“I didn’t have this kind of opportunity when I grew up, so it’s wonderful to see my children start playing tennis with Playford 10 and now join a tennis club,” she says.
“My son is a totally different boy since starting Playford 10. He gets up on his own, is the first one ready every Saturday morning and is progressing through skills levels at tennis.
“He’s also concentrating more and staying in class more at school. It has had a positive impact on our whole family.”
The findings of Flinders University’s ‘The Longitudinal Effects of Adolescent Extracurricular Activity Participation on School Belonging and Peer Relations: The Moderating Role of Socioeconomic Status’ study include:
- Young people from low-income suburbs are much more likely to miss out on extracurricular activities compared with high-income families and suburbs (34% compared with 13%). This is mainly due to the cost of activities; availability and cost of public transportation; and lack of facilities, clubs and programs in many low-income suburbs.
- Participation in extracurricular activities like sport, dance, and drama can significantly reduce the differences in school engagement and academic performance between young people living in high and low-income suburbs
- Participation in extracurricular activities allows young people in socioeconomically disadvantaged areas to increase their school belonging through the development of stronger interpersonal ties with their peers.
- This is because participation in extracurricular activities can improve feelings of connection to their friends and increased school belonging.
- The research found young people in low-income suburbs who engage in extracurricular activities have increased school belonging. In high income suburbs, participation in extra-curricular activities has no discernible effect on school belonging.
Professor Redmond and Dr O’Donnell also reviewed the main supports for families to participate in extracurricular activities which are vouchers issued by States and Territories. They found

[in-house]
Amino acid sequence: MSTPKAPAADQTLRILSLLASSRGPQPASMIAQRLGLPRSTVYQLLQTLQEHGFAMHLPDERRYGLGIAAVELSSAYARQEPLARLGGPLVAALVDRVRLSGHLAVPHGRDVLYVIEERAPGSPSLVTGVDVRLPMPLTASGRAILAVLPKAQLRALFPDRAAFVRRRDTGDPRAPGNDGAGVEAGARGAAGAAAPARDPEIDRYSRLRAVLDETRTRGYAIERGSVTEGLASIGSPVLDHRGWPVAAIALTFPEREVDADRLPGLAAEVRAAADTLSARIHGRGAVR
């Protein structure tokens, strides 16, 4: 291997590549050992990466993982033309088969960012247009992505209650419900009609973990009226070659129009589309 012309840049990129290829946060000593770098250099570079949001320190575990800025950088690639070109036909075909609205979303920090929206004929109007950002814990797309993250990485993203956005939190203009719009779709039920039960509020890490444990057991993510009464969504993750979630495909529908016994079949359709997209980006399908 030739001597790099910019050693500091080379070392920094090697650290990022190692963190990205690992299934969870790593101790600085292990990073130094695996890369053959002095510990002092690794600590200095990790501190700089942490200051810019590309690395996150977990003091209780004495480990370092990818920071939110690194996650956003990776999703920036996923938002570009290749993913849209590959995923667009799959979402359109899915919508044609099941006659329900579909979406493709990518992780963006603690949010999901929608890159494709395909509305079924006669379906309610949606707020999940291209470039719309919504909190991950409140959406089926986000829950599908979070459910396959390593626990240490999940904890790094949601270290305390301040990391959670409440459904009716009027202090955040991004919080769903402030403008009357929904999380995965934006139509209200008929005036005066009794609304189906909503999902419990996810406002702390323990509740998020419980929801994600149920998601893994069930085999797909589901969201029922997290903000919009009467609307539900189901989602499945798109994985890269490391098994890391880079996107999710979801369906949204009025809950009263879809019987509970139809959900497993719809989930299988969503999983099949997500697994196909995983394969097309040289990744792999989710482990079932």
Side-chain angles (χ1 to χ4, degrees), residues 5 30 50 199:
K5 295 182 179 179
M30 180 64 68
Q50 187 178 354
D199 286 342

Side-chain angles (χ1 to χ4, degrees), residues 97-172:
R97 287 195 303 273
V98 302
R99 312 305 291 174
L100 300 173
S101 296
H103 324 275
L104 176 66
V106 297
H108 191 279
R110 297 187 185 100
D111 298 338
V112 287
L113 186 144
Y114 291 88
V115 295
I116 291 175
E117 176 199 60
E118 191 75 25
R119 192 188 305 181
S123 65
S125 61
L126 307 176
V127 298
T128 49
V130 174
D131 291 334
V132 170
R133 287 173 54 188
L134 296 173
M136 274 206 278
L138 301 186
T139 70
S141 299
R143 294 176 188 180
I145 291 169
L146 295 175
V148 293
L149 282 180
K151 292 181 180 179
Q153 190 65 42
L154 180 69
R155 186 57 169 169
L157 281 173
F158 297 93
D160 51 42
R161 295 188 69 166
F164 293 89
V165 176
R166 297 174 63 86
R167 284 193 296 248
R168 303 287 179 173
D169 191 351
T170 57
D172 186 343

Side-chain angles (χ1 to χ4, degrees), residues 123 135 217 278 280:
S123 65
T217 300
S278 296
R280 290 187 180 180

- They don’t cover the cost of most activities.
- They are mostly only available for sports and recreation, not arts, music or other activities in most States and Territories.
Helen Connolly, Anti-Poverty Week co-chair and Commissioner for Children and Young People, South Australia, says education is “more than simply sitting in a classroom with the ‘essential’ core items and materials at your fingertips. It’s about having the full range of opportunities and experiences that make up a ‘school life’ available to you.”
“While at school, many of what are often described as non-essential costs are essential to children and young people’s sense of belonging, friendship and learning. In a school environment, some markers of poverty are more visible than others,” Ms Connolly says, pointing to a new report entitled Spotlight on the True Cost of Education.
“Regardless, the short term and long term social, economic, emotional and educational impacts of ‘missing out’ don’t only affect educational engagement and achievement, but also personal relationships, health and future aspirations.
“Understanding the impact that cumulative essential, non-essential, and hidden costs of going to school have on low-income families and committing to addressing these inequalities is the only way to ensure that no South Australian child or young person is left ‘outside’ the full education experience to which they are entitled.”
Read more in The Conversation – ‘The kids who’d get the most out of extracurricular activities are missing out – here’s how to improve access‘